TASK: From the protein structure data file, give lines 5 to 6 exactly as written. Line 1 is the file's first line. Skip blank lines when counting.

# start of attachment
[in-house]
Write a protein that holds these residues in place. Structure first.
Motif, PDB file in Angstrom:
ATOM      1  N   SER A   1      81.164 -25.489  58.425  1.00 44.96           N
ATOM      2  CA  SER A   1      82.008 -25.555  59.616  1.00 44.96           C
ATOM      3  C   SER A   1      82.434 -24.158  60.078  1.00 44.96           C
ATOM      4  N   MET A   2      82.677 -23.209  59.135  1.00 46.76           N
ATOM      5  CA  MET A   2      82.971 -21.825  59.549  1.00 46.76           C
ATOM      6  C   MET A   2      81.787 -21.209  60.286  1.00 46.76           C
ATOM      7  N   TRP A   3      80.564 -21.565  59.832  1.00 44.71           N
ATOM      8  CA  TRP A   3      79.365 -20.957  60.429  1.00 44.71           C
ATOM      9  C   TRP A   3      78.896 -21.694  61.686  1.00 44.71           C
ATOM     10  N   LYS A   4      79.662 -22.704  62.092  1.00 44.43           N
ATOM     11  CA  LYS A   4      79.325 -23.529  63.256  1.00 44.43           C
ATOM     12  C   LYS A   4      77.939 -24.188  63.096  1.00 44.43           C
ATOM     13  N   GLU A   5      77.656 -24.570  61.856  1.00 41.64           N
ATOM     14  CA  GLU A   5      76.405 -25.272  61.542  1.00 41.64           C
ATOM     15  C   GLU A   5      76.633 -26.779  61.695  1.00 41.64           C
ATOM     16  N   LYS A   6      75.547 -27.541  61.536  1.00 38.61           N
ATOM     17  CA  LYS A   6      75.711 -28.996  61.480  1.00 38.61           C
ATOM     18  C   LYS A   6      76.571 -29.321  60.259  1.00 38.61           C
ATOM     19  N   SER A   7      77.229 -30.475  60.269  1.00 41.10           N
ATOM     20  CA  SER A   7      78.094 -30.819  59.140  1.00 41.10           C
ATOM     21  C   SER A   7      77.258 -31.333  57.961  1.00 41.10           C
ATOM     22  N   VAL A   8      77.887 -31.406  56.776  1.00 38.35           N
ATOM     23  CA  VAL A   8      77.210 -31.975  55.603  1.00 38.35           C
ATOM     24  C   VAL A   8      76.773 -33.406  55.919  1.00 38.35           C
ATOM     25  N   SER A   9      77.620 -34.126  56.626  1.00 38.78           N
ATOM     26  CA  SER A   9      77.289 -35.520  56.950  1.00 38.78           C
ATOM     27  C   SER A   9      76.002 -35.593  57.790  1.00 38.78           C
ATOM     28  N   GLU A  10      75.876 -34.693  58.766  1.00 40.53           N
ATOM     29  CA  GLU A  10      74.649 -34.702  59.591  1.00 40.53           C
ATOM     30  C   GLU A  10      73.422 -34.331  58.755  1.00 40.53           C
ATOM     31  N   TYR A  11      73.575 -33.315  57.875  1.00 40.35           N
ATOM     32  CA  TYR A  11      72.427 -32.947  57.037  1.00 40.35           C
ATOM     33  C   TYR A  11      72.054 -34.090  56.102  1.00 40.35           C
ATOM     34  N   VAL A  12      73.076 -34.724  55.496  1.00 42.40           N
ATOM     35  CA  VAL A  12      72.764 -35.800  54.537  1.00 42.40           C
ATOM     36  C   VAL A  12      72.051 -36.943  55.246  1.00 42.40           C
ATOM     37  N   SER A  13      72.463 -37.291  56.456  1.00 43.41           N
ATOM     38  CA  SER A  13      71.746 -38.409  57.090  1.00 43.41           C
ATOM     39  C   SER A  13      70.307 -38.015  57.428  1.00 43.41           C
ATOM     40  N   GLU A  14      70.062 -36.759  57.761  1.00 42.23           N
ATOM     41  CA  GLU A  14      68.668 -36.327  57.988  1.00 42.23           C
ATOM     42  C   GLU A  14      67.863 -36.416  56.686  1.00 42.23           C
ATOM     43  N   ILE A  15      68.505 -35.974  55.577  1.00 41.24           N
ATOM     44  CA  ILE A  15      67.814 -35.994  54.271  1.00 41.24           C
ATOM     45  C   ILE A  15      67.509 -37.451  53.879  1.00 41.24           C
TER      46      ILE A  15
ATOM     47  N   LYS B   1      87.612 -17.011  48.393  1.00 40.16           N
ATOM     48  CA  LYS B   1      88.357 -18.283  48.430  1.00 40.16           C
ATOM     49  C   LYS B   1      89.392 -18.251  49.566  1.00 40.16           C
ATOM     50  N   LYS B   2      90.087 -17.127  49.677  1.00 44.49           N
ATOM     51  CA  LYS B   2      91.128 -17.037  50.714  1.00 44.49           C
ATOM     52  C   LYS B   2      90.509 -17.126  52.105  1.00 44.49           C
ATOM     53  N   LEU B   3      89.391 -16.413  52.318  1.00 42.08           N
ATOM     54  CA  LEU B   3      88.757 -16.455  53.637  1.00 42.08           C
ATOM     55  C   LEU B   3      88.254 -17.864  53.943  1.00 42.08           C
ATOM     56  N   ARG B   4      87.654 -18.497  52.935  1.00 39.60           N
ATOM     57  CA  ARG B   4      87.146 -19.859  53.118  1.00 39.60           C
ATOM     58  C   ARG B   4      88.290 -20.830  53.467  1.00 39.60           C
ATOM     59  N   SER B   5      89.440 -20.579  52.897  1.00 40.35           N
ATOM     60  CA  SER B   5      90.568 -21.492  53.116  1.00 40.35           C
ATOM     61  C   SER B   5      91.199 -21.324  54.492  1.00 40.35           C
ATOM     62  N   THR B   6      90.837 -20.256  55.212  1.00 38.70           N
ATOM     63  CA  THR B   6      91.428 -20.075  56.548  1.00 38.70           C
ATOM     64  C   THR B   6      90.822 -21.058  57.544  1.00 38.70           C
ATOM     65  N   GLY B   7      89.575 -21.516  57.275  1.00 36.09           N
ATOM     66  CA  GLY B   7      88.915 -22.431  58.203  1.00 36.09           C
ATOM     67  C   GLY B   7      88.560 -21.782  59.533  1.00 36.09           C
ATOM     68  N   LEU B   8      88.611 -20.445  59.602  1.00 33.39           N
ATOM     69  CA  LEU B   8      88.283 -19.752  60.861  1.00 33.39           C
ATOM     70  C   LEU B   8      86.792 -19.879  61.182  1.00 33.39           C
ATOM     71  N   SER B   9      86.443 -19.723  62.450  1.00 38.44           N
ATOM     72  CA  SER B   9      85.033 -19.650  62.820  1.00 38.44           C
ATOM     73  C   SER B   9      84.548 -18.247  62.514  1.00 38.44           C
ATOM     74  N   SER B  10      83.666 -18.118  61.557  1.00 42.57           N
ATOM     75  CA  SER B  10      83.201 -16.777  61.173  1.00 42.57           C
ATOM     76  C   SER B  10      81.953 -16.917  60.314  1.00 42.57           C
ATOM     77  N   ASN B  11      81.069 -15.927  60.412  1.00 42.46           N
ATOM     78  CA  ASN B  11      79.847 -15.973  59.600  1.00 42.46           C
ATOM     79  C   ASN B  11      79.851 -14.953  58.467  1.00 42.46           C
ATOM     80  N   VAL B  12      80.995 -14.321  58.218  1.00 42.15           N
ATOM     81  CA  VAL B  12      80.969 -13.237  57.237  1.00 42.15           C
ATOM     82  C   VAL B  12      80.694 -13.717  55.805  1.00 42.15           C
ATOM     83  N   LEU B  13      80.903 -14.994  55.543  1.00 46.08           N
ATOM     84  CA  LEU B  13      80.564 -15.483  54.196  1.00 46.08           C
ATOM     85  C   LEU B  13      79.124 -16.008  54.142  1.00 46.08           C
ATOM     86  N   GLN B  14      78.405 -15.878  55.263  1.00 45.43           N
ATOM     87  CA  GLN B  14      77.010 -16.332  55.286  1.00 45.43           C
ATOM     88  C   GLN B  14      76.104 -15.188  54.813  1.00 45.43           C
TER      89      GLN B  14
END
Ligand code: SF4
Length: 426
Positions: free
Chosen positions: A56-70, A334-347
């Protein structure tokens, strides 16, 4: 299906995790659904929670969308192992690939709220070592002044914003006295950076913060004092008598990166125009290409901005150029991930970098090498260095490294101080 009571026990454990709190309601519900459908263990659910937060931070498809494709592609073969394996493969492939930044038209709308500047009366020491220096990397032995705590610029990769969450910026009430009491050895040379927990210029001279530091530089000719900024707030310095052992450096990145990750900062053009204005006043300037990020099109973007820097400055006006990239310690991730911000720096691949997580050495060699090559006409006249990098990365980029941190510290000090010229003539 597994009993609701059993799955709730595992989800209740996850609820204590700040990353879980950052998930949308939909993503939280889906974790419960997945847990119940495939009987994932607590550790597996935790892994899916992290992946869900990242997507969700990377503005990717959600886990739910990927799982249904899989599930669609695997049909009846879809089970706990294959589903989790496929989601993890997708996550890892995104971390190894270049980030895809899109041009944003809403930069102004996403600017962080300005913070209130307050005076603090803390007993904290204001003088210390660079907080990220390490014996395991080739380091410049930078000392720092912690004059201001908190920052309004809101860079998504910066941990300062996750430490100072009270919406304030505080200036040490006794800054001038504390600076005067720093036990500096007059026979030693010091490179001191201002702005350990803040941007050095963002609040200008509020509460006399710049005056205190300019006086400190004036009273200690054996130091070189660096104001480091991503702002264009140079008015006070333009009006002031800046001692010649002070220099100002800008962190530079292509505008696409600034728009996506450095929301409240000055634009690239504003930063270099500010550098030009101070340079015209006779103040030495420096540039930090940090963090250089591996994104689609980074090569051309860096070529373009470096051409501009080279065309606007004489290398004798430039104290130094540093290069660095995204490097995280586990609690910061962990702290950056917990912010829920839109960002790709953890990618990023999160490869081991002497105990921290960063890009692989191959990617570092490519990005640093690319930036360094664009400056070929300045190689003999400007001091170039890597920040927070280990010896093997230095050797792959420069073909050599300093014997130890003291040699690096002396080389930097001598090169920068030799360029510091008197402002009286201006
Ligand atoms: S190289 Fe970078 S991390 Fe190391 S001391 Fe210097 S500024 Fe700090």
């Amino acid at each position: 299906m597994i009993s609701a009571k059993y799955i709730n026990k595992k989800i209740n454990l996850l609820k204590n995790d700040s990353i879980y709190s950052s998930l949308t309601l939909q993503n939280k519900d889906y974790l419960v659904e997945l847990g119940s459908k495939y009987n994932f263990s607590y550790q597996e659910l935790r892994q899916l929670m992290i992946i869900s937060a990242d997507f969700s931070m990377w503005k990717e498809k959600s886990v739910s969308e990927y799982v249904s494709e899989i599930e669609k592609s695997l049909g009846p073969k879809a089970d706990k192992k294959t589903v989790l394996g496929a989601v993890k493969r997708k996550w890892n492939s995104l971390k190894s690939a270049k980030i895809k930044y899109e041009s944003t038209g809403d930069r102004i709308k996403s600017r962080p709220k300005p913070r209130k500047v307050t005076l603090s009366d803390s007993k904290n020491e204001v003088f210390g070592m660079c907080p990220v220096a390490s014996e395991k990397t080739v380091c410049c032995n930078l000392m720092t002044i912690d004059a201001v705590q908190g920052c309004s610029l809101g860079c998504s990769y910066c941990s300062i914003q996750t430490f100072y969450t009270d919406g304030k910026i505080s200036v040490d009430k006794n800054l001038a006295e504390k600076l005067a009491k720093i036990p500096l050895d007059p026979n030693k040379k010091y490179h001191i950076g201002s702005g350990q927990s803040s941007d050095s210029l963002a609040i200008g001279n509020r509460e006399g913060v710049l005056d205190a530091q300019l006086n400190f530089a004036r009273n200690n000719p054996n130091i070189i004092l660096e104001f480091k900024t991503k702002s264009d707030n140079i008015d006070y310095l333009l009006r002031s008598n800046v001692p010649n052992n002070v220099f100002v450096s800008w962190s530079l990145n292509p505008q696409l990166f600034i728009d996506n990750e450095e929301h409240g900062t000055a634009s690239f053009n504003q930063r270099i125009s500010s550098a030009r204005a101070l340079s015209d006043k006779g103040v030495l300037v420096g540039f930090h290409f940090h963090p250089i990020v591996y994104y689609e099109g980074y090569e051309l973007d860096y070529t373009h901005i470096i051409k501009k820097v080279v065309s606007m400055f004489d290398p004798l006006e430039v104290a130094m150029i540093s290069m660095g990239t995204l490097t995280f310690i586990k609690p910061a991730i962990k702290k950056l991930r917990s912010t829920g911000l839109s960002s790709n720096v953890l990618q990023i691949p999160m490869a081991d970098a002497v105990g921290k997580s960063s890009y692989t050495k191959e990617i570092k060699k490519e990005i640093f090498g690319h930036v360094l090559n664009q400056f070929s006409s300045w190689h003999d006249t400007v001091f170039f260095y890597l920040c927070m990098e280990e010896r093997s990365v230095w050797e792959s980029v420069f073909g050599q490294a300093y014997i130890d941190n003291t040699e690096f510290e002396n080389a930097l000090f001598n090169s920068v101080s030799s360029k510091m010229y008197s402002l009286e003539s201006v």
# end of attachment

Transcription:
ATOM      2  CA  SER A   1      82.008 -25.555  59.616  1.00 44.96           C
ATOM      3  C   SER A   1      82.434 -24.158  60.078  1.00 44.96           C